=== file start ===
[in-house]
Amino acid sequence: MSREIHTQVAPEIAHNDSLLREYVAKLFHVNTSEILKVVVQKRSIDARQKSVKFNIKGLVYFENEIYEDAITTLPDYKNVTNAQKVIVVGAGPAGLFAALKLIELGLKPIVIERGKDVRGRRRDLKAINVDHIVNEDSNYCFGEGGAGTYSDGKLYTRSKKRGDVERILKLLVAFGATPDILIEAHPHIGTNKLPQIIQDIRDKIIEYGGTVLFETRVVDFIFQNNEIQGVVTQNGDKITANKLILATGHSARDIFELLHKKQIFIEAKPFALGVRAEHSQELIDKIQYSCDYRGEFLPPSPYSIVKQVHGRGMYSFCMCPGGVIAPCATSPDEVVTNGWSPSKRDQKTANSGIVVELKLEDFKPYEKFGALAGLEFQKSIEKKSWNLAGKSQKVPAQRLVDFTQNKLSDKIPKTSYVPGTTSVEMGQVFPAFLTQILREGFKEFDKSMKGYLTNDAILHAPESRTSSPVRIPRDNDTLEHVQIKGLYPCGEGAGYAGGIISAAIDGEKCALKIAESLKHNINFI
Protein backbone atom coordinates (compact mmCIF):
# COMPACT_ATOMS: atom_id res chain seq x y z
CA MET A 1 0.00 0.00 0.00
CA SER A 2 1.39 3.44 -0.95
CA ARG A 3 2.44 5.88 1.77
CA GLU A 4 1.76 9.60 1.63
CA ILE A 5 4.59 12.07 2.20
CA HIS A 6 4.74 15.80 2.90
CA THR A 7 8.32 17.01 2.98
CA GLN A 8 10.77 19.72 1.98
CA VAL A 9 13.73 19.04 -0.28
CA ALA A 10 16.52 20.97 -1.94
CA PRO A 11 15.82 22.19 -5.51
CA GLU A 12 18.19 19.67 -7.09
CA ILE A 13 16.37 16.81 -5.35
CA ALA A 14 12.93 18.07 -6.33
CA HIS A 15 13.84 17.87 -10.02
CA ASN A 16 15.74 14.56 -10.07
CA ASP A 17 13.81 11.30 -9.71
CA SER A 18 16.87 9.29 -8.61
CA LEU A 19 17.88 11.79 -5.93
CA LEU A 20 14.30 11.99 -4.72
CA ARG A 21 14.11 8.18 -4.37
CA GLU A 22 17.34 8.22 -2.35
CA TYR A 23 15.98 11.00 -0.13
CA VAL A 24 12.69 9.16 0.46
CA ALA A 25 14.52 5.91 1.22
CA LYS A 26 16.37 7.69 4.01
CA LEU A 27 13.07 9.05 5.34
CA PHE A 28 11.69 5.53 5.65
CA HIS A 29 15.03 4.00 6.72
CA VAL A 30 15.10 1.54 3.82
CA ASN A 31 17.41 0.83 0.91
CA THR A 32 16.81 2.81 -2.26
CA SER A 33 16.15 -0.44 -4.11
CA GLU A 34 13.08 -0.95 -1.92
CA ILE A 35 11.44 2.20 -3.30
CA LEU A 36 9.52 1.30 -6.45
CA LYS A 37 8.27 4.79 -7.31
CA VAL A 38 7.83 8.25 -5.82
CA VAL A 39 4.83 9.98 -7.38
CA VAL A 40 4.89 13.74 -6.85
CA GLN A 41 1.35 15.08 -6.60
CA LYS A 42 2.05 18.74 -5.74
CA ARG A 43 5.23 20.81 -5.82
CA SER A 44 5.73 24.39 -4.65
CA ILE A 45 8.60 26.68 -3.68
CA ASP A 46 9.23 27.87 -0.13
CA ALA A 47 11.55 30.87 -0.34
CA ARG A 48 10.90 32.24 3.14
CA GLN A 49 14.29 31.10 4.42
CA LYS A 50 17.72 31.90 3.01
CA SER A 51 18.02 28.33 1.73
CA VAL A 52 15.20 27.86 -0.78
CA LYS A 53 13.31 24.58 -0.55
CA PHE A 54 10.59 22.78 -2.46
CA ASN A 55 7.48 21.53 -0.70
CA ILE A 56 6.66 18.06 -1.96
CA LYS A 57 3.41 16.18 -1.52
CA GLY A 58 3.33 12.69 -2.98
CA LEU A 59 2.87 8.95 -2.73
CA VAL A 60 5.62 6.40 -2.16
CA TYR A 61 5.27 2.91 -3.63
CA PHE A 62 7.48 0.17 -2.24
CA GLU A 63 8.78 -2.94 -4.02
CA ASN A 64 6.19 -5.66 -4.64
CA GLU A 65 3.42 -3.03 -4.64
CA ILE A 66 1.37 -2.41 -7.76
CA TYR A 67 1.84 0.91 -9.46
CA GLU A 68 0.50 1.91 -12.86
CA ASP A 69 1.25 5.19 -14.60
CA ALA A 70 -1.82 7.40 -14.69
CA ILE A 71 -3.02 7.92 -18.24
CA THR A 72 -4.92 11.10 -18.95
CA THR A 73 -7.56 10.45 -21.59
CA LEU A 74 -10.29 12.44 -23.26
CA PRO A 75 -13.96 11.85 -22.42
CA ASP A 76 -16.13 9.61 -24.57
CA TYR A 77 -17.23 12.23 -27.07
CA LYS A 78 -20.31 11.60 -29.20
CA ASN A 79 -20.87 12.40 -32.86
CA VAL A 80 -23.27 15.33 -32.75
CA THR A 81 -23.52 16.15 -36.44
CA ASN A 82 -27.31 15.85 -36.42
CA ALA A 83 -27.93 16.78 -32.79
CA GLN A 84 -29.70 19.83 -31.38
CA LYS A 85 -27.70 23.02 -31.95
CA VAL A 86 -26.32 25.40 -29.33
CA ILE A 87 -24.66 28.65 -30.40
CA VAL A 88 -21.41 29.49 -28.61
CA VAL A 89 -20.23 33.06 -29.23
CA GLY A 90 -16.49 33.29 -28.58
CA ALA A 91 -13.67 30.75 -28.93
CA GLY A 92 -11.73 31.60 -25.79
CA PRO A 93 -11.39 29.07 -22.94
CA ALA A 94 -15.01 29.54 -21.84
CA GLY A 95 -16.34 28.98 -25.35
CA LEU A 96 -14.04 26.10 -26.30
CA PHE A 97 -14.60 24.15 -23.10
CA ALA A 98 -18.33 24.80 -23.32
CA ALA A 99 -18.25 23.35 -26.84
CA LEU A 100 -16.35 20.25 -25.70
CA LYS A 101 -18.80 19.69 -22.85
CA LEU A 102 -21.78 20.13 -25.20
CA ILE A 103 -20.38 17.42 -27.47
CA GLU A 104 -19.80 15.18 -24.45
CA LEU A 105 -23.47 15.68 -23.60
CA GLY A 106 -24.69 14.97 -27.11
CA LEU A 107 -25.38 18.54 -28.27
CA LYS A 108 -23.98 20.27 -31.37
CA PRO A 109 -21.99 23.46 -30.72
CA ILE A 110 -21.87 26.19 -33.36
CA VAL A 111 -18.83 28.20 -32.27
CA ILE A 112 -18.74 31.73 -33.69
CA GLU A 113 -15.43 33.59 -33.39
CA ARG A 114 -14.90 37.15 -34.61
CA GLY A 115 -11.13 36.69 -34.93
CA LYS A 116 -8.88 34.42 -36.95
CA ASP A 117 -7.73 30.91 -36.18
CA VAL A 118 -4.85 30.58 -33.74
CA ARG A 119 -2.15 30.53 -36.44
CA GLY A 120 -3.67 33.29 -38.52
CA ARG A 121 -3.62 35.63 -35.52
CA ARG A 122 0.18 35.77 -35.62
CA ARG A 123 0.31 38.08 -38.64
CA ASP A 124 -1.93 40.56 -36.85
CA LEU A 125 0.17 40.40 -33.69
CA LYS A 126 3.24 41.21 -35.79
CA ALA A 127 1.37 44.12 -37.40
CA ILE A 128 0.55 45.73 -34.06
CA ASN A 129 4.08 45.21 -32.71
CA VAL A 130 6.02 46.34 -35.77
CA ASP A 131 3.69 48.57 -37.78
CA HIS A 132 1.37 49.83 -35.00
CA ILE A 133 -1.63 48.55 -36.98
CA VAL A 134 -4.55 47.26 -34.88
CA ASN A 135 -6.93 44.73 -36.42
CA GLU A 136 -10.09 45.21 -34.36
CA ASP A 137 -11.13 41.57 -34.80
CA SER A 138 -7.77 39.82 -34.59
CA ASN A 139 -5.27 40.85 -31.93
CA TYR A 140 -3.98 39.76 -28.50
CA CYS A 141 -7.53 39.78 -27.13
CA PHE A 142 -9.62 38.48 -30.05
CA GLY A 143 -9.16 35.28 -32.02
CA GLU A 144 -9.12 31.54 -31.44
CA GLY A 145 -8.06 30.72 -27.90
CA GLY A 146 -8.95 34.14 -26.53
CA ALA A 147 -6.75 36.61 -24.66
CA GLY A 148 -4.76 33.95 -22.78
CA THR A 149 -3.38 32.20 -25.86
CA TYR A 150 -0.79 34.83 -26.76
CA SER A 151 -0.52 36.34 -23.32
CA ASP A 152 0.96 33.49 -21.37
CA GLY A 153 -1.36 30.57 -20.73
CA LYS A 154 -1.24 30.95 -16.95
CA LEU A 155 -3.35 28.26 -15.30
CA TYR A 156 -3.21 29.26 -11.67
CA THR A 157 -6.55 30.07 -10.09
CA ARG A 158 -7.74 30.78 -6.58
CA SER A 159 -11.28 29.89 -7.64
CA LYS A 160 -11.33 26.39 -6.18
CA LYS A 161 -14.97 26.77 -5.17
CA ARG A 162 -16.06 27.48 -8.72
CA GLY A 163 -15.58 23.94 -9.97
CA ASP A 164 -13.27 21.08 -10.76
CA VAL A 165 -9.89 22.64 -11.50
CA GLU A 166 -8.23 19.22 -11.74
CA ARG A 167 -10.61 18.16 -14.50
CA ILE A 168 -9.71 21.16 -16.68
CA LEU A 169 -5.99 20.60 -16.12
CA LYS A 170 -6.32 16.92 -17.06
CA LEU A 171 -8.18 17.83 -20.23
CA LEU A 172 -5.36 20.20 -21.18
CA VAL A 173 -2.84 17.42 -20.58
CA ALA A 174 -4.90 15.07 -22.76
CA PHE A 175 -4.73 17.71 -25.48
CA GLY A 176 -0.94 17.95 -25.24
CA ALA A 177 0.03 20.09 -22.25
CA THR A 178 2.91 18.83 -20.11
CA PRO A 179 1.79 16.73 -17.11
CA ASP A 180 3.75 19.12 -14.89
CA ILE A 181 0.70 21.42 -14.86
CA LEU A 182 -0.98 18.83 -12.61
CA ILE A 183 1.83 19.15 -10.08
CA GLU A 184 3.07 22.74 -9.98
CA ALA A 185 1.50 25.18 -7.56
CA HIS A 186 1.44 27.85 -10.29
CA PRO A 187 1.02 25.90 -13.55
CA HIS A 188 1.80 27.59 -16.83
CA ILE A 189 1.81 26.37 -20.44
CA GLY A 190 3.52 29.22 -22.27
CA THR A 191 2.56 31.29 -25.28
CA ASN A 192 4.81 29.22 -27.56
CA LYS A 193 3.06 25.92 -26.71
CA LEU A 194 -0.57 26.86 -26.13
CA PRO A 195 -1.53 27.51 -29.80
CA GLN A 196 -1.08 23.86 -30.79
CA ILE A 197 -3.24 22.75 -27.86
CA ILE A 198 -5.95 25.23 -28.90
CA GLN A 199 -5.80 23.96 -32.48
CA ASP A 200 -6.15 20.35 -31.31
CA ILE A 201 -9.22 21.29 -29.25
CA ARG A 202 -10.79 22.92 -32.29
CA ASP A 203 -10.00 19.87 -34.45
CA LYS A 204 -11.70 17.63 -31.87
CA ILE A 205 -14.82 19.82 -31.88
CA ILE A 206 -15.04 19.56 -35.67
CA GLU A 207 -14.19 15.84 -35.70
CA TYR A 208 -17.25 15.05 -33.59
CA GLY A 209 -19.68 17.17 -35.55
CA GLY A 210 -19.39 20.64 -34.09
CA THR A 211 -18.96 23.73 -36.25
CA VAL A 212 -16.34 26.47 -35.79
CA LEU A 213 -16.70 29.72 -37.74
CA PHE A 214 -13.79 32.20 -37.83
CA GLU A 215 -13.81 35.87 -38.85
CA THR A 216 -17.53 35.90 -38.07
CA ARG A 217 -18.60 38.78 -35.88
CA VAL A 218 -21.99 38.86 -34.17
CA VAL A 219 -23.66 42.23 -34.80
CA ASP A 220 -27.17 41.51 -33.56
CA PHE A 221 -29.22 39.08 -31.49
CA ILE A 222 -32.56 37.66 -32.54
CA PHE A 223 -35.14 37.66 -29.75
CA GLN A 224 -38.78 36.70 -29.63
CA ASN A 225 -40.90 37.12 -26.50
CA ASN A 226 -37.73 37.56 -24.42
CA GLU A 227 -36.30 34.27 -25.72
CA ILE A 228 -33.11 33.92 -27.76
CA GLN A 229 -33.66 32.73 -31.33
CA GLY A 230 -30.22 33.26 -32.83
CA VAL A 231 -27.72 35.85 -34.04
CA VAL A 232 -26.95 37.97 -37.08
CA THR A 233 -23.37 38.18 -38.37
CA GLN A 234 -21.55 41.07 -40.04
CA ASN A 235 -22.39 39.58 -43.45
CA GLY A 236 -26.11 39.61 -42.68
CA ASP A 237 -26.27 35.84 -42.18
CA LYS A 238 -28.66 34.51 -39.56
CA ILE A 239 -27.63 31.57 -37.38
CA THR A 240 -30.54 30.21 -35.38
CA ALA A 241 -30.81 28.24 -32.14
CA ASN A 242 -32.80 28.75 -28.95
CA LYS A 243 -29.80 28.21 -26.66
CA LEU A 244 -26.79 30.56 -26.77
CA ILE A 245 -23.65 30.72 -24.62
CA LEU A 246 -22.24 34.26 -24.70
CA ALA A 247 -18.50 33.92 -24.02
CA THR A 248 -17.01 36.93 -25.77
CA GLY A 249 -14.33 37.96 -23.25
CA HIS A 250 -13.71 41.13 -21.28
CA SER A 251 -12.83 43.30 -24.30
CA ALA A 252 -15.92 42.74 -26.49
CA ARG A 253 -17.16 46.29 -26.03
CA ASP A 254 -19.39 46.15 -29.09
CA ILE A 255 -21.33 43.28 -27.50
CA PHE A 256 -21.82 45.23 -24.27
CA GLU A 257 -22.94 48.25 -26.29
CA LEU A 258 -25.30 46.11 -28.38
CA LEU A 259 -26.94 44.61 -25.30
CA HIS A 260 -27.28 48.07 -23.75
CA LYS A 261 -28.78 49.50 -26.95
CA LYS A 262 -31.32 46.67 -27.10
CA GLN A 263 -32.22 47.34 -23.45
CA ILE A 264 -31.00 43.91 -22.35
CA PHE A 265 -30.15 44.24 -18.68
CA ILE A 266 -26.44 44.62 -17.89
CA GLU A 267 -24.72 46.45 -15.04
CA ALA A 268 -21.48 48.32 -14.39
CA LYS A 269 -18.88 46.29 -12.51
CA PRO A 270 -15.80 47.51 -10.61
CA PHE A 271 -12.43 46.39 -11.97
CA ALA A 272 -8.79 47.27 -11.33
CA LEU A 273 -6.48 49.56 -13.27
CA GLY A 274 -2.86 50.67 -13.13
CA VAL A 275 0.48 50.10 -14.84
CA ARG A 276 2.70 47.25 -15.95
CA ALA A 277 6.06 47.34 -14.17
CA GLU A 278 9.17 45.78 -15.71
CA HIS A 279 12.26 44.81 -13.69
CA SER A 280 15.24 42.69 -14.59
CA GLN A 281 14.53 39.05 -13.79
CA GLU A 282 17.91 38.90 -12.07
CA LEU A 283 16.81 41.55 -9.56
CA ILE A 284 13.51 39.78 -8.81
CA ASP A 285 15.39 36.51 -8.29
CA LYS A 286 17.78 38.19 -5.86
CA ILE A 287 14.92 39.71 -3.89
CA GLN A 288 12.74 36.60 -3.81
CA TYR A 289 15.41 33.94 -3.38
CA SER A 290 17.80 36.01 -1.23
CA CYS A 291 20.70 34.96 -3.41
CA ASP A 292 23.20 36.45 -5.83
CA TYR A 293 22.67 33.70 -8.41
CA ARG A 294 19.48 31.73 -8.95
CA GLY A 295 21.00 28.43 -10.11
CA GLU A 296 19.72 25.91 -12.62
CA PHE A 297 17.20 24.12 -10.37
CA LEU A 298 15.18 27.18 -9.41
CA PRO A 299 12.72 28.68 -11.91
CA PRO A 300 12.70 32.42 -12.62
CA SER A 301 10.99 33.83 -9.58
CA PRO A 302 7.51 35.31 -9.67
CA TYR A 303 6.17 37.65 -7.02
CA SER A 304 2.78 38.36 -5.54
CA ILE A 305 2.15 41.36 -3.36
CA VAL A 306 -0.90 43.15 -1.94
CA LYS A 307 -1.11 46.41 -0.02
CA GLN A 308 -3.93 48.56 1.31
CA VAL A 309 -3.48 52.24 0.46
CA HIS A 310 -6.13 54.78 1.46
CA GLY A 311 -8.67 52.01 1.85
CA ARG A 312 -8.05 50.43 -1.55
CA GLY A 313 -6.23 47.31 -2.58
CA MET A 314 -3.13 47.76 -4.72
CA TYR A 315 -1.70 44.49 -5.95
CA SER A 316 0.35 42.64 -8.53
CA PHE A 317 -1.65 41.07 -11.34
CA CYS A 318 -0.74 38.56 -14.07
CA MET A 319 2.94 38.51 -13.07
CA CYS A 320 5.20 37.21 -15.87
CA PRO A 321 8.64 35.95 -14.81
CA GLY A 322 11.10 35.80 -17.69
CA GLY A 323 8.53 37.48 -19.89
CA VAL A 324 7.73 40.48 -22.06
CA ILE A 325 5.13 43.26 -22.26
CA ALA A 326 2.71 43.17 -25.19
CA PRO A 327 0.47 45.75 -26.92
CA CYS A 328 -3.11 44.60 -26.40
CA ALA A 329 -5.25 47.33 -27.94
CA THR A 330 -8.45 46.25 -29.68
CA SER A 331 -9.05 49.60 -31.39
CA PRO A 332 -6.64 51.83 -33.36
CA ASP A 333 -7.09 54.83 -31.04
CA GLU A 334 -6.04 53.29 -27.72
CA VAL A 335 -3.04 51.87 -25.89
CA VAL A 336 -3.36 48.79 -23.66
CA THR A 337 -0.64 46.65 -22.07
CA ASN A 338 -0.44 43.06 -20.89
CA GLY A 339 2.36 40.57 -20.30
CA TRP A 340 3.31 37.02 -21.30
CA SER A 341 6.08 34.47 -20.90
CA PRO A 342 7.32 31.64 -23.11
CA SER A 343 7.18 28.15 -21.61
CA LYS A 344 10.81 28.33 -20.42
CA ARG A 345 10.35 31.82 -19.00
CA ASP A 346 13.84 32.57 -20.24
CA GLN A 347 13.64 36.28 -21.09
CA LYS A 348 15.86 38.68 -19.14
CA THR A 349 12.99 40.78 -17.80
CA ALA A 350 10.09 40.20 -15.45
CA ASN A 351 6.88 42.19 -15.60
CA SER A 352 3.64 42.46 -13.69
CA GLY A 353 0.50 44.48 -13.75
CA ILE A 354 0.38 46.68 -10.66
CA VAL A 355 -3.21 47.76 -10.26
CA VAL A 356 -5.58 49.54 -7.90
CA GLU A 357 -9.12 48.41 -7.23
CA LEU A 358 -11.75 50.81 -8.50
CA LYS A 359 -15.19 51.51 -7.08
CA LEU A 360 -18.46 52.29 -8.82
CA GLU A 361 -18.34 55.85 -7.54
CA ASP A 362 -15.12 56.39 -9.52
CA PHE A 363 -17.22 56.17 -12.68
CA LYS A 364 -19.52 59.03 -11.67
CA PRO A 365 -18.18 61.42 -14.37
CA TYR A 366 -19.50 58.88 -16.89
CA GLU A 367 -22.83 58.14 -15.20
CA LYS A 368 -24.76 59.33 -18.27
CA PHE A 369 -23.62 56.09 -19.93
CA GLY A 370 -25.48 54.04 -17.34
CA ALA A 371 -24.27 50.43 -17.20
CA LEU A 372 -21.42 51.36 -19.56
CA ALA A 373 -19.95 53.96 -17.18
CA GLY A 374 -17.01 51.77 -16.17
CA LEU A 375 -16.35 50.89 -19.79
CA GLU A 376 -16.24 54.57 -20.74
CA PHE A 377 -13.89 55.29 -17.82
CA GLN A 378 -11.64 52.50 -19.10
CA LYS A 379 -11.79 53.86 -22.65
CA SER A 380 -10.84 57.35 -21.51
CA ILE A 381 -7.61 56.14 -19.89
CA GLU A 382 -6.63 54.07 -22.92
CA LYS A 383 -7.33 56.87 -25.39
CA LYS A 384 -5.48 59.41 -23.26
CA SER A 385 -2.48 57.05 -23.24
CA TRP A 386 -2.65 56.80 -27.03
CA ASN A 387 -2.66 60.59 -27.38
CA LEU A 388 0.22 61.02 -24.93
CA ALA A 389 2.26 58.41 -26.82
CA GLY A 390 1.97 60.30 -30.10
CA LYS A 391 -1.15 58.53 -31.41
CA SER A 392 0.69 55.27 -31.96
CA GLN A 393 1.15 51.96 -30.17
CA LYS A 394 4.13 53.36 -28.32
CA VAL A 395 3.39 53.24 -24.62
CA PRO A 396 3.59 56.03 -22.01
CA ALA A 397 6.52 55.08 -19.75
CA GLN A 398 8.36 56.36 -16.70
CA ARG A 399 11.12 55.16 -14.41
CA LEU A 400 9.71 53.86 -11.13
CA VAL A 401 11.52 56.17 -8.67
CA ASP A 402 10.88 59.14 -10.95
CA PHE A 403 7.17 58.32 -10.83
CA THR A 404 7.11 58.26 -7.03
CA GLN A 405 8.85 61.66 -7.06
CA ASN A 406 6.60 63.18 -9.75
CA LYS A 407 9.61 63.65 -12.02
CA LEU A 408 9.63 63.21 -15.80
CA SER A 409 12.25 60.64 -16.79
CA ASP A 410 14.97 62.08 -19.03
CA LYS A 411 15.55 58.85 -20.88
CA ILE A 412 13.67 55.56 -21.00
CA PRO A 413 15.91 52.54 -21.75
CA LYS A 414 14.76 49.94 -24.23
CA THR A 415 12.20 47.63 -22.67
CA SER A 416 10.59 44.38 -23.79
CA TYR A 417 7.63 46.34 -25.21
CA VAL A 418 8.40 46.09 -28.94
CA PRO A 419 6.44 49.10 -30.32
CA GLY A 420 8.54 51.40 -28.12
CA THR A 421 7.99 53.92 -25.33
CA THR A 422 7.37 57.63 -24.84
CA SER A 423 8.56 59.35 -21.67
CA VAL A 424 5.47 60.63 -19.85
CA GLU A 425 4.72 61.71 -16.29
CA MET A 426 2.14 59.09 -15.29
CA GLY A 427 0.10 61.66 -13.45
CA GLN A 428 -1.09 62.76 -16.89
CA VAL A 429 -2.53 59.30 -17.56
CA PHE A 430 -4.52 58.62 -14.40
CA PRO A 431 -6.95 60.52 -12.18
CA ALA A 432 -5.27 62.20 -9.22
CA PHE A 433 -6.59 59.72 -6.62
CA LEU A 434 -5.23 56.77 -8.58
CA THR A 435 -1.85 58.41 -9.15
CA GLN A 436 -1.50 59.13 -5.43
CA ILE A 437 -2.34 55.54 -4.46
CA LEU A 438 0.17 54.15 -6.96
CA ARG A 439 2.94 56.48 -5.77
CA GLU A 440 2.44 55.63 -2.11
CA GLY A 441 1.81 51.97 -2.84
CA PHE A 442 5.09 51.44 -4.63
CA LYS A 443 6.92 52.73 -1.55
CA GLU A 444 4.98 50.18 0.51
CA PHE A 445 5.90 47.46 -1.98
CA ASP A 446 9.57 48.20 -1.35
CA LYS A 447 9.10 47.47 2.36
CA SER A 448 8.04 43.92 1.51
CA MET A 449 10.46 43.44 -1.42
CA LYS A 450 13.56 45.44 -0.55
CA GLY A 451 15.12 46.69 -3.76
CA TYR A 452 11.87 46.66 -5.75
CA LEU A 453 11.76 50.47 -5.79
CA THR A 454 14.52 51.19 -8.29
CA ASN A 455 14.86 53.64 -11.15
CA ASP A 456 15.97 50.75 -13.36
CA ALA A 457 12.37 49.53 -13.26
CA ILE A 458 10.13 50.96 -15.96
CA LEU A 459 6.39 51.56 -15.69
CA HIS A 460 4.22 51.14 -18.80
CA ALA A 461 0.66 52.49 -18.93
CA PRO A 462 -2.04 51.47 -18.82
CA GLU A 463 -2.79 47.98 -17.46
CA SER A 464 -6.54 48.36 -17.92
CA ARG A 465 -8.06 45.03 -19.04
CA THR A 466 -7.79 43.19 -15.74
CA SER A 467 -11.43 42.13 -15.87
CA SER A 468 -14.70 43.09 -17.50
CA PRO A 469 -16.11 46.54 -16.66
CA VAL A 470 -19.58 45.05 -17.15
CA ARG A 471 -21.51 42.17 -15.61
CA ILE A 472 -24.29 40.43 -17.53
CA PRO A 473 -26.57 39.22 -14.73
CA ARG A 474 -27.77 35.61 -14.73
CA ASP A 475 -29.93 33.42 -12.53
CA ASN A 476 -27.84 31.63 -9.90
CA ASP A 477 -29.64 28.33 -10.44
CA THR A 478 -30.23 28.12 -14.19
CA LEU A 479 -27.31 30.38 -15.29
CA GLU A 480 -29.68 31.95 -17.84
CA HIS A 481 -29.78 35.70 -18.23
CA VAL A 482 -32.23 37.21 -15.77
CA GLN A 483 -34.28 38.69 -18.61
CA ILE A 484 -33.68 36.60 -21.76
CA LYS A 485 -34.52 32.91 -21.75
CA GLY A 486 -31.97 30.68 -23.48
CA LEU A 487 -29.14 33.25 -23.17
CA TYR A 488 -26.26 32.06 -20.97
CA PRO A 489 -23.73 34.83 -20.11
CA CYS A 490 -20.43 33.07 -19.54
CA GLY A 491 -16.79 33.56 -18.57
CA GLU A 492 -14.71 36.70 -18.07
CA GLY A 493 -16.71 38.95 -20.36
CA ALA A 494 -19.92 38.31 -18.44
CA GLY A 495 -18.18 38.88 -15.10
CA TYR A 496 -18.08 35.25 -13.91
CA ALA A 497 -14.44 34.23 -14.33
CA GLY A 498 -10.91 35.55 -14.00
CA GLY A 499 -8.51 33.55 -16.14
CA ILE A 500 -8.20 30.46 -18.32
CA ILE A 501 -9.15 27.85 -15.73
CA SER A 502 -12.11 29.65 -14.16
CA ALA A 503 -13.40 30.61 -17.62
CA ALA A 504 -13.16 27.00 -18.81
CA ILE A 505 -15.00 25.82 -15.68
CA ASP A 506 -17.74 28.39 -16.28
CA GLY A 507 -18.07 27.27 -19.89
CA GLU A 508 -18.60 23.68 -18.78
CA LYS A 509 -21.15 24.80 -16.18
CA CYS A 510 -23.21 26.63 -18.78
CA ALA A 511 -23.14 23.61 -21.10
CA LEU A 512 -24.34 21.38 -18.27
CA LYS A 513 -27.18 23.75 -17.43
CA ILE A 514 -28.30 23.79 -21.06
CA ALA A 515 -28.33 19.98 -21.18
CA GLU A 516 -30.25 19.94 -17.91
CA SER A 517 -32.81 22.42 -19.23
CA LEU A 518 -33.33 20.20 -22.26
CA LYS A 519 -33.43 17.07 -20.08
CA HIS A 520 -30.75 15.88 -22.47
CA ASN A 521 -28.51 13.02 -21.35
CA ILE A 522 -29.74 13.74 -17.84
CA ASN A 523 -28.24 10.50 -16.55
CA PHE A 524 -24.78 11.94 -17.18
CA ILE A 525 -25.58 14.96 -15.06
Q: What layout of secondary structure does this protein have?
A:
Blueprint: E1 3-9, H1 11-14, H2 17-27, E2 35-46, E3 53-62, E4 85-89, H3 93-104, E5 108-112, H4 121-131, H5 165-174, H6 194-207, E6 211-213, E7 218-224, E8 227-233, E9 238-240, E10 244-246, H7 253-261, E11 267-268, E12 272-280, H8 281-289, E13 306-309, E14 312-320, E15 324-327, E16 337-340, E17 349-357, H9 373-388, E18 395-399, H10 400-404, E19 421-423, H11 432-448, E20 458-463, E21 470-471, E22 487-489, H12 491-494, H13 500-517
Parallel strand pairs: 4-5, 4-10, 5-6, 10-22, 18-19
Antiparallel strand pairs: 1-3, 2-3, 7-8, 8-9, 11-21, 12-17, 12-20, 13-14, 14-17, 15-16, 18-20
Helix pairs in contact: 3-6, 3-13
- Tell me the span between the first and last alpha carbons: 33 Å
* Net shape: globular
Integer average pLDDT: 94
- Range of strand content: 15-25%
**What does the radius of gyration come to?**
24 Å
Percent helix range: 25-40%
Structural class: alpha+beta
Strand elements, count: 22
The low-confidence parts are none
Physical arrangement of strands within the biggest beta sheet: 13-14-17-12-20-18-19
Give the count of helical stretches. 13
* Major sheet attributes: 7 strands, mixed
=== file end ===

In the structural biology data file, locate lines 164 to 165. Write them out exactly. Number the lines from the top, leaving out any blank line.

CA LYS A 160 -11.33 26.39 -6.18
CA LYS A 161 -14.97 26.77 -5.17